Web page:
Rediscovering the Great Plains: Journeys by Dog, Canoe, and Horse (Creating the North American Landscape). Dr. Norman Henderson. Download (pdf, 999 Kb) Donate Read. Epub FB2 mobi txt RTF. Converted file can differ from the original. If possible, download the file in its original format.
Rediscovering the Great Plains book. In this study, Norman Henderson, a scholar of the world's great temperate grasslands, revives these traditional modes of travel, journeying along 200 miles of Canada's Qu'Appelle River valley by dog and travois (the wooden rack pulled by dogs and horses used by Native Americans to transport goods), then by canoe, and finally by horse and travois.
Includes bibliographical references (p. 197-202) and index
In Rediscovering the Great Plains, part of a series on North American landscapes from Johns Hopkins Press, Norman Henderson tries to put himself in the minds of nomadic natives and European explorers by matching the pace and methods of their original journeys across the plains. Choosing Saskatchewan’s Qu’Appelle Valley for his experiments, he borrows a dog, recreates an Indian travois (a V of wooden poles for carrying cargo) for the dog to pull, and sets out on foot. The next summer he repeats the route by canoe, and, a year later, on a horse. Along the way, he blends passages from historical.
Rediscovering the Great Plains: Journeys by Dog,Canoe, and Horse, drawings by Robert Cook, Johns Hopkins University Press (Baltimore, MD), 2001. Contributor to scholarly journals and newspaper columns in Canada, Australia, and the United States. SIDELIGHTS: Norman S. Henderson is an environmental specialist, one of the world's leading experts on great temperate grasslands, and author of numerous journal and newspaper articles focusing primarily on the Great Plains.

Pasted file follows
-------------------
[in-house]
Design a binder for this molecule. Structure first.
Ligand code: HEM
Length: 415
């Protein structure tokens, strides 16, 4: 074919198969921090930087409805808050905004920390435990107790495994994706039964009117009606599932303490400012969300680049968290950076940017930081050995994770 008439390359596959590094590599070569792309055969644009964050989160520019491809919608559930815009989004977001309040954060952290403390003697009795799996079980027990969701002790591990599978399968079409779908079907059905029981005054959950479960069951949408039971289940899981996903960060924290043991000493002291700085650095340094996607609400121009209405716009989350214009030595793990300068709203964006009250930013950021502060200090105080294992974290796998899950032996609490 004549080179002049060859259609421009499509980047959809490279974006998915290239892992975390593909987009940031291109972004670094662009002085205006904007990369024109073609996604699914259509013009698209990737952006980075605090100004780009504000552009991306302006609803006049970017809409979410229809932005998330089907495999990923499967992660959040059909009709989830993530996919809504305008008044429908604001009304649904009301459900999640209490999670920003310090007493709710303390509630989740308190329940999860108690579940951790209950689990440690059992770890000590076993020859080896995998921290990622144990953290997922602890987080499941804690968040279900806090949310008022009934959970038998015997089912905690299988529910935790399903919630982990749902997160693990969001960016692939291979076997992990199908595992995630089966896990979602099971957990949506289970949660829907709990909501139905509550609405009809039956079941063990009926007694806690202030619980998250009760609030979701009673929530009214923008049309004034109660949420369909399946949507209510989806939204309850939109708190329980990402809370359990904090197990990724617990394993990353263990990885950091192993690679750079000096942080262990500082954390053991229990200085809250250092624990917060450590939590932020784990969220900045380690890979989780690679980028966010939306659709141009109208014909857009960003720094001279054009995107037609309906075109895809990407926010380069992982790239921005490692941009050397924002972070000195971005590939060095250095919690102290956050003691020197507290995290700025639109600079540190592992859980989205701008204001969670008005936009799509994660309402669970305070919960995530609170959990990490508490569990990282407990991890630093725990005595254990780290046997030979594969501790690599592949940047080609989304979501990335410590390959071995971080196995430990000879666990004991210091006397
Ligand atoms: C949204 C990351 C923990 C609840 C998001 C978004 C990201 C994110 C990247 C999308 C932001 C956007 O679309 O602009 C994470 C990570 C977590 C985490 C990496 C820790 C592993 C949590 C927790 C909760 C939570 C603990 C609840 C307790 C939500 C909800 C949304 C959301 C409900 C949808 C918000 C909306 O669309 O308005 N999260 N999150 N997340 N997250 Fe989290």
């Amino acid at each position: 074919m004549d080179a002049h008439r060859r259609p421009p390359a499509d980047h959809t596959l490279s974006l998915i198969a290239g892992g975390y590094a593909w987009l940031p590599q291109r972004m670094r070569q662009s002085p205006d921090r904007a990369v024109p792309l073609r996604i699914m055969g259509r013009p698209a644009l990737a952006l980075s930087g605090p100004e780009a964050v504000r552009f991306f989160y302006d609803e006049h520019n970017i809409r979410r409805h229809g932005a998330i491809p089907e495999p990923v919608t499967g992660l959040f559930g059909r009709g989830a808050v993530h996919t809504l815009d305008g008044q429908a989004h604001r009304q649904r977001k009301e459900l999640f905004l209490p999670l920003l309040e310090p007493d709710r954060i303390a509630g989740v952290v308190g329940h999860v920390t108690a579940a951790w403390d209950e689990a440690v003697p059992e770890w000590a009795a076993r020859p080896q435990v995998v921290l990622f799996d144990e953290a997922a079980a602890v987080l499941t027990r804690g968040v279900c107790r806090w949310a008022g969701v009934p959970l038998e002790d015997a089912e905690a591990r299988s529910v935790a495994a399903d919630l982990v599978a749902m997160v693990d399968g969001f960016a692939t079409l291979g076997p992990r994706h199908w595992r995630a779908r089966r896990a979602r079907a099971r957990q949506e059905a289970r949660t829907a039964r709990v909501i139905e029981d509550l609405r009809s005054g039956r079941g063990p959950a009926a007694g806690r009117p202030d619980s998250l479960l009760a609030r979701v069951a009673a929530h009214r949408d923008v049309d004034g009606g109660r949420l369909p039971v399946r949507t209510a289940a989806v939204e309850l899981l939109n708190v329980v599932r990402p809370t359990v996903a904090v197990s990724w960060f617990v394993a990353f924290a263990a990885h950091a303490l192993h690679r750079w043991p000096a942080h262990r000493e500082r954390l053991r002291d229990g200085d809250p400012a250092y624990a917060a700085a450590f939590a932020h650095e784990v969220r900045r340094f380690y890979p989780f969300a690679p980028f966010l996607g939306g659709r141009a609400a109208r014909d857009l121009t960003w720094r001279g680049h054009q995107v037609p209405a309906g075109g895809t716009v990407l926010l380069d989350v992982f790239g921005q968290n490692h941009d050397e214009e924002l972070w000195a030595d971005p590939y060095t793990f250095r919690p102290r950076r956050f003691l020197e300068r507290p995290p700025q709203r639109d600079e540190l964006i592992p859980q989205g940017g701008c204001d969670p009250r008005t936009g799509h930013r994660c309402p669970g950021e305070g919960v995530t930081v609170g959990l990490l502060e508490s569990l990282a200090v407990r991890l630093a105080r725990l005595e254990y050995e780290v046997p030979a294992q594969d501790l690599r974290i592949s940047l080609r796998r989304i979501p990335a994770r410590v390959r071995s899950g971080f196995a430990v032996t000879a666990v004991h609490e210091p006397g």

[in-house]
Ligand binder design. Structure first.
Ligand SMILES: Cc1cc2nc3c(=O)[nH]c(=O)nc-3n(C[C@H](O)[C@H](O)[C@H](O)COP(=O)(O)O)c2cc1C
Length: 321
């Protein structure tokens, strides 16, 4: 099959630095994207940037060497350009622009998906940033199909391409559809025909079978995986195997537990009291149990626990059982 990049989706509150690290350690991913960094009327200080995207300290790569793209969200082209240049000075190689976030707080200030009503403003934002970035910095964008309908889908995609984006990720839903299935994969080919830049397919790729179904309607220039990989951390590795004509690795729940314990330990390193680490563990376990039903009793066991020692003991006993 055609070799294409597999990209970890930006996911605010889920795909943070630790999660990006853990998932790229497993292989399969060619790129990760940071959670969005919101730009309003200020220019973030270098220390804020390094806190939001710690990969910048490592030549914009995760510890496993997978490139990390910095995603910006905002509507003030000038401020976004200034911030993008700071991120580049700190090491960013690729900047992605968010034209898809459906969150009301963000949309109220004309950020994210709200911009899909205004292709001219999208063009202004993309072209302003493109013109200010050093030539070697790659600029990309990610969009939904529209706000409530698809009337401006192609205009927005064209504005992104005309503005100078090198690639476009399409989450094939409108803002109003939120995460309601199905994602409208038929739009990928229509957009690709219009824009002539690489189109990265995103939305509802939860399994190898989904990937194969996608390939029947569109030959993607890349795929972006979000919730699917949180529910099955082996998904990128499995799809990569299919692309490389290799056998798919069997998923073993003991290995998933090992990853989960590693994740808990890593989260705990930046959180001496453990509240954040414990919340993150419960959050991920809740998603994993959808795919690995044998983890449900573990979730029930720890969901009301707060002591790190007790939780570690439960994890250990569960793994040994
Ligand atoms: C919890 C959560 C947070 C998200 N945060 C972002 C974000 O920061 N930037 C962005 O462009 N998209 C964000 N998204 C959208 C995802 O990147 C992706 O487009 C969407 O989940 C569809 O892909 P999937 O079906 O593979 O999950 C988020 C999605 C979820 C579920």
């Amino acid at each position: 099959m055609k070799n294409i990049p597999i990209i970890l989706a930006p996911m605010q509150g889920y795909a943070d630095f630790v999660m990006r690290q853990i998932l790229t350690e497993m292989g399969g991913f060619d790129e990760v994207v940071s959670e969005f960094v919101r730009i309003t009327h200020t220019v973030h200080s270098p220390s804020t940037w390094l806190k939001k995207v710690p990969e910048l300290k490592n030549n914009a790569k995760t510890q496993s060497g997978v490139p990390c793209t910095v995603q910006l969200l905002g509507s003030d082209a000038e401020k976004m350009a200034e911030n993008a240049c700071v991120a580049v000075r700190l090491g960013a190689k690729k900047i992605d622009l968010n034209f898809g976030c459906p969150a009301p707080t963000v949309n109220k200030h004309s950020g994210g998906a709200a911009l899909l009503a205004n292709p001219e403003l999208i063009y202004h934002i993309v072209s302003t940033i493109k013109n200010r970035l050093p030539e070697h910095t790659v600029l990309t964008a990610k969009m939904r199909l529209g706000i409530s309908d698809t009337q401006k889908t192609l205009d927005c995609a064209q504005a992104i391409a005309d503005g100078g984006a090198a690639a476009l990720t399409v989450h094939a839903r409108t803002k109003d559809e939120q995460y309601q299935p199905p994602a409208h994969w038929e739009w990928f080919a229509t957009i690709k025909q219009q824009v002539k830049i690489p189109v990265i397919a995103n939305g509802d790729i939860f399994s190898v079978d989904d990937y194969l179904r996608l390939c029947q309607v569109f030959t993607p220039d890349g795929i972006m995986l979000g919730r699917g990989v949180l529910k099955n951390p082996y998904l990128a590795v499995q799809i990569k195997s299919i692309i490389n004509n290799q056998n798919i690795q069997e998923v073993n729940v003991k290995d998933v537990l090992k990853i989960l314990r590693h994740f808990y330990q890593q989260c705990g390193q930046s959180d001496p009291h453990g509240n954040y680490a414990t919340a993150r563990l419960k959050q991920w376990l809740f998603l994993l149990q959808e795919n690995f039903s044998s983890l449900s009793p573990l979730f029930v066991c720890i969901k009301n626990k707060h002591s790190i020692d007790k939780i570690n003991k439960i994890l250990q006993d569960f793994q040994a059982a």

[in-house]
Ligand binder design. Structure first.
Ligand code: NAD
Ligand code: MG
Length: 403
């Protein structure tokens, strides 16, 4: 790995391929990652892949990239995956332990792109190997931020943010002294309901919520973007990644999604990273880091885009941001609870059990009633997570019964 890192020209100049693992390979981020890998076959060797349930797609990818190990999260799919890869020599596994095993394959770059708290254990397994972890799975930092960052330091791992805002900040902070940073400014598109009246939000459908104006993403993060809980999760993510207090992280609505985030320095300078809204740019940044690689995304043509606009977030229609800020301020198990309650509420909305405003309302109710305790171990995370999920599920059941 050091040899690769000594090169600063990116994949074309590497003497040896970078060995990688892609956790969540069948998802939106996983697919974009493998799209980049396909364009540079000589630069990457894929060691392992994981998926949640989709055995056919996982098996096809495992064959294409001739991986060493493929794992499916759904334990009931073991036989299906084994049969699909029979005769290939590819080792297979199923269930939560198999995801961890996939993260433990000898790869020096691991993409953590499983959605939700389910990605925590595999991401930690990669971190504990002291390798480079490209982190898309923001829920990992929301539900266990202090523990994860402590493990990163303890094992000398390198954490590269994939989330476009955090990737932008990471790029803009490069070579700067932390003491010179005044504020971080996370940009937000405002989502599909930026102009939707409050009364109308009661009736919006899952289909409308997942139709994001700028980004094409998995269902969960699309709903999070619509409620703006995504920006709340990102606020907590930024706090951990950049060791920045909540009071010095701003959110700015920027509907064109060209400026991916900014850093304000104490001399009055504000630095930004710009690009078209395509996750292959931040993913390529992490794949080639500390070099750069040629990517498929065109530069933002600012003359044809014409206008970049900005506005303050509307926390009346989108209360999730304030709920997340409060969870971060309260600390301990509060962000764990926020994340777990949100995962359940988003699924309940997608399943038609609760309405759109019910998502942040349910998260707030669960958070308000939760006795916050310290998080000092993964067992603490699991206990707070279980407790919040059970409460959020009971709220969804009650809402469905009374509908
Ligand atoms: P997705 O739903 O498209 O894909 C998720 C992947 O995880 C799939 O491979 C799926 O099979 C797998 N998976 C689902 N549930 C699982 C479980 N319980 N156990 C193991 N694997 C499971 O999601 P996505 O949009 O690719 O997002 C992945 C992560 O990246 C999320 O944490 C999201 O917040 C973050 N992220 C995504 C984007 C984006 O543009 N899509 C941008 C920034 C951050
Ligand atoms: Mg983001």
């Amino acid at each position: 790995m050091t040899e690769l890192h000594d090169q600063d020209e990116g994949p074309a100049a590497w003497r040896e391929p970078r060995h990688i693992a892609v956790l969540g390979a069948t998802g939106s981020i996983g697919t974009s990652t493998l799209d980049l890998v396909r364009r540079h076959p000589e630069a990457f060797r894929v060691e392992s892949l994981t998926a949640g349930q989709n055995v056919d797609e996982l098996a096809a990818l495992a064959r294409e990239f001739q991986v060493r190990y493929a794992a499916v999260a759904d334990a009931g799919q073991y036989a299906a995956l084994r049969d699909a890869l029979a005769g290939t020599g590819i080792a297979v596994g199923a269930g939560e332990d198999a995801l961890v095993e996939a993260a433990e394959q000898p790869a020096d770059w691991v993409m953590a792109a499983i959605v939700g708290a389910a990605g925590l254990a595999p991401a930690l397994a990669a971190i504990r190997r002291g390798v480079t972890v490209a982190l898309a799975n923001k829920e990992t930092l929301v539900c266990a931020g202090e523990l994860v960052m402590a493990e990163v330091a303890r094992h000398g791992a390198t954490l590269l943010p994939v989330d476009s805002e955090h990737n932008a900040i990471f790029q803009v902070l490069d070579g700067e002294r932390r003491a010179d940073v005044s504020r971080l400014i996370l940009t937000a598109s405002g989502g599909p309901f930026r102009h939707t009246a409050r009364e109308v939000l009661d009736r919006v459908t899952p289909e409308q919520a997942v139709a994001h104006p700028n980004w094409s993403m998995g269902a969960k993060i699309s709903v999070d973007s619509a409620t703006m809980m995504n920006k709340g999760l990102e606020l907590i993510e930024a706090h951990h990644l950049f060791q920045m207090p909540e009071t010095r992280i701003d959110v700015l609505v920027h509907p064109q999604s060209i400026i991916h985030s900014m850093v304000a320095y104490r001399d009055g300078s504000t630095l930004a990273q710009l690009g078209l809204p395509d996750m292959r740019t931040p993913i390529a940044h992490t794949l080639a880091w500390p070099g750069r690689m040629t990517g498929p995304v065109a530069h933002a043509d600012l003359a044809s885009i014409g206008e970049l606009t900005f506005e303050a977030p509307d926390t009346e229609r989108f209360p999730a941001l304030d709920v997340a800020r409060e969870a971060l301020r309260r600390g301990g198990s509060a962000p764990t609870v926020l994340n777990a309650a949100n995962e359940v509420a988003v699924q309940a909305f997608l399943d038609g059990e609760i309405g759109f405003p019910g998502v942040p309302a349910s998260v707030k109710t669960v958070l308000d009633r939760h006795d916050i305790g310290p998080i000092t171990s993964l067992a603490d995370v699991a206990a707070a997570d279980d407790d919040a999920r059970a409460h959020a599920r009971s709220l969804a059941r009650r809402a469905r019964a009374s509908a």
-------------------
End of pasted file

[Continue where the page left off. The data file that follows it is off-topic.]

In Rediscovering the Prairies, Norman Henderson, a leading scholar of the world’s great temperate grasslands, revives the earlier modes of prairie travel. He journeys along 325 kilometres of Saskatchewan’s Qu’Appelle Valley by dog and travois (the wooden rack pulled by dogs and horses used by First Nations to transport belongings), then by canoe, and finally by horse and travois. Henderson’s often humourous descriptions of his attempts to find and train a dog and a horse highlight the difficulties involved in recreating traditional travel methods. Henderson interweaves his own adventures with.
In Rediscovering the Great Plains, Norman Henderson, a leading scholar of the world's great temperate grasslands, revives these traditional modes of travel, journeying along 200 miles of Canada's Qu'Appelle River valley by dog and travois (the wooden rack pulled by dogs and horses used by Native Americans to transport goods), then by canoe, and finally by horse and travois. Henderson interweaves his own adventures with the exploits of earlier Plains travelers, like Lewis and Clark, Francisco Coronado, La Vérendrye, and Alexander Henry.
Norman Scott Henderson The North American Plains are one of the world's great landscapes. Today, the most intimate experience most of us have of the great grasslands is from behind the window of a car or train. It was not always so. In the earliest days, Plains Indians travelled on foot across the vastness, with only the fierce, wolf-like Plains dogs as companions. Henderson interweaves his own adventures with the exploits of earlier Plains travellers, like Lewis and Clark, Francisco Coronado, La Verendrye, and Alexander Henry.
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